When it comes to supply management, Froman has said repeatedly Canada knows where the US stands, “This has been a high priority for us, and before Canada joined the TPP we had a dialogue with them about this and how this was going to be an important part of a successful outcome. We are engaged with them on a whole range of outstanding issues.”
Probably aware a Canadian federal election is on the horizon, Froman wasn’t setting the bar high Tuesday for increased protection for pharmaceuticals, either.
For his part, Republican Paul Ryan said Tuesday at the Senate hearings, “Canada won’t negotiate.”
Ryan’s home state of Wisconsin accounts for 13 per cent of American milk production and 25 per cent of the country’s cheese.
Speaking of Made-in-America, it seems that disagreements over this policy have resulted in the cancelling of a highly-anticipated new Alaska ferry dock at Prince Rupert, BC, US officials announced Sunday.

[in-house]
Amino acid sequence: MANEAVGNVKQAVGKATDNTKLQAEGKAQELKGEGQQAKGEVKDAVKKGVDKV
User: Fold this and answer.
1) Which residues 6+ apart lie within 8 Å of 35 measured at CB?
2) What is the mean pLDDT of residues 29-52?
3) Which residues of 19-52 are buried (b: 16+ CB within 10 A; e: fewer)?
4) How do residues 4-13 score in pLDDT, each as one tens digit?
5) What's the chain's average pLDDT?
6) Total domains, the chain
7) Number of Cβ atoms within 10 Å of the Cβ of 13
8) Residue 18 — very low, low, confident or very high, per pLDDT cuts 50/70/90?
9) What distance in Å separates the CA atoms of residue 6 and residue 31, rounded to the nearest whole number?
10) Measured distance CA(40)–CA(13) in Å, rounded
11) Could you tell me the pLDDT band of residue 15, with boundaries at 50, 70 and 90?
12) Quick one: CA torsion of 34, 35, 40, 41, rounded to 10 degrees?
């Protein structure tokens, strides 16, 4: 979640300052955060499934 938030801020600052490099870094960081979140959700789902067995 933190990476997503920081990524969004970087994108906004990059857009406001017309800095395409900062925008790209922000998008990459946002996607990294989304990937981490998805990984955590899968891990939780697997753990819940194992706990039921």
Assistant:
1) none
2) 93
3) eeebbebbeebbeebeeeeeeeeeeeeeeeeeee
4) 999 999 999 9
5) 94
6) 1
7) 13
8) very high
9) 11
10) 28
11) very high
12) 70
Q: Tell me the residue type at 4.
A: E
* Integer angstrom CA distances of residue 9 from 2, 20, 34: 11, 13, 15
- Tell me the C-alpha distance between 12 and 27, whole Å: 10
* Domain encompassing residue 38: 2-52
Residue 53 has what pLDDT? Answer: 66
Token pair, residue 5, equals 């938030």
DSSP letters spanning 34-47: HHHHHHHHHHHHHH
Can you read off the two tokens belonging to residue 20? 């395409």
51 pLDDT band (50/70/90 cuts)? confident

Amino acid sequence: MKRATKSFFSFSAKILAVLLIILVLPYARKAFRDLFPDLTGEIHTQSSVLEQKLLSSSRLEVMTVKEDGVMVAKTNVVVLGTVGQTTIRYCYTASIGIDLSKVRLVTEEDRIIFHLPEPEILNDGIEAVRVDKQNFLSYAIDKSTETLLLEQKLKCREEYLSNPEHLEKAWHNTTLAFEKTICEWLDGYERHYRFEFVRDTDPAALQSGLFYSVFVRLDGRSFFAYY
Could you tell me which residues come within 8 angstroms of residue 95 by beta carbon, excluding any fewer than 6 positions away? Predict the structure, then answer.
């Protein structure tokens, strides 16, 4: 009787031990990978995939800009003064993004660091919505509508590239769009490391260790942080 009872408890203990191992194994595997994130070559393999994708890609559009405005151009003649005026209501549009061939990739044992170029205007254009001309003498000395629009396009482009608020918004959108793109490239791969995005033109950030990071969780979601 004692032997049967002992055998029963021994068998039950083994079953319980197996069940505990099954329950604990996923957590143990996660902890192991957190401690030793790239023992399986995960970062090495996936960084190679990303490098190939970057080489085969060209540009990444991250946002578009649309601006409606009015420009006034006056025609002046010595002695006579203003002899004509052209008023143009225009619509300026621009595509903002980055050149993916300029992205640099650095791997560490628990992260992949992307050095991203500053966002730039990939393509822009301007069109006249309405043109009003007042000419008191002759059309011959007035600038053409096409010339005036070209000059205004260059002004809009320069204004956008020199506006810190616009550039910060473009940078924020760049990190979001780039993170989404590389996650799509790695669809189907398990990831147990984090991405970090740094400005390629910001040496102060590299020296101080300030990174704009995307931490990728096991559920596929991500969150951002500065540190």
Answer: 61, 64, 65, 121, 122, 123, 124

This high-level dispute is over US-Canada trade policy. Alaska officials say Canada’s stance on the project will mostly hurt Canadian workers, according to Alaska Dispatch News Sunday.
A federal law called the Buy America Act requires that steel for projects funded by the Federal Highway Administration must be made in the US. The dispute is over who will make the steel for the dock’s pilings and walkways. The ferry terminal is unusual – a US-funded project on land leased from a federal port authority in Canada.
The way the arguments were going, any contractor willing to take on the work would have faced the impossible choice of running afoul of either US or Canadian law, said Barrie McKenna in the Globe and Mail Sunday.
“If Canada and the United States can’t work out the easy stuff, how are they ever going to overcome the larger challenges confounding a vast, complex and increasingly strained relationship?” asks McKenna, rightly.
In an editorial piece to the Globe and Mail Tuesday, Laura Dawson, PhD, President of Dawson Strategic and an expert in international trade and cross-border issues, said, “succumbing to petty squabbles misses the larger point. Canada and the US are not going anywhere in the global economy if we don’t do it together.”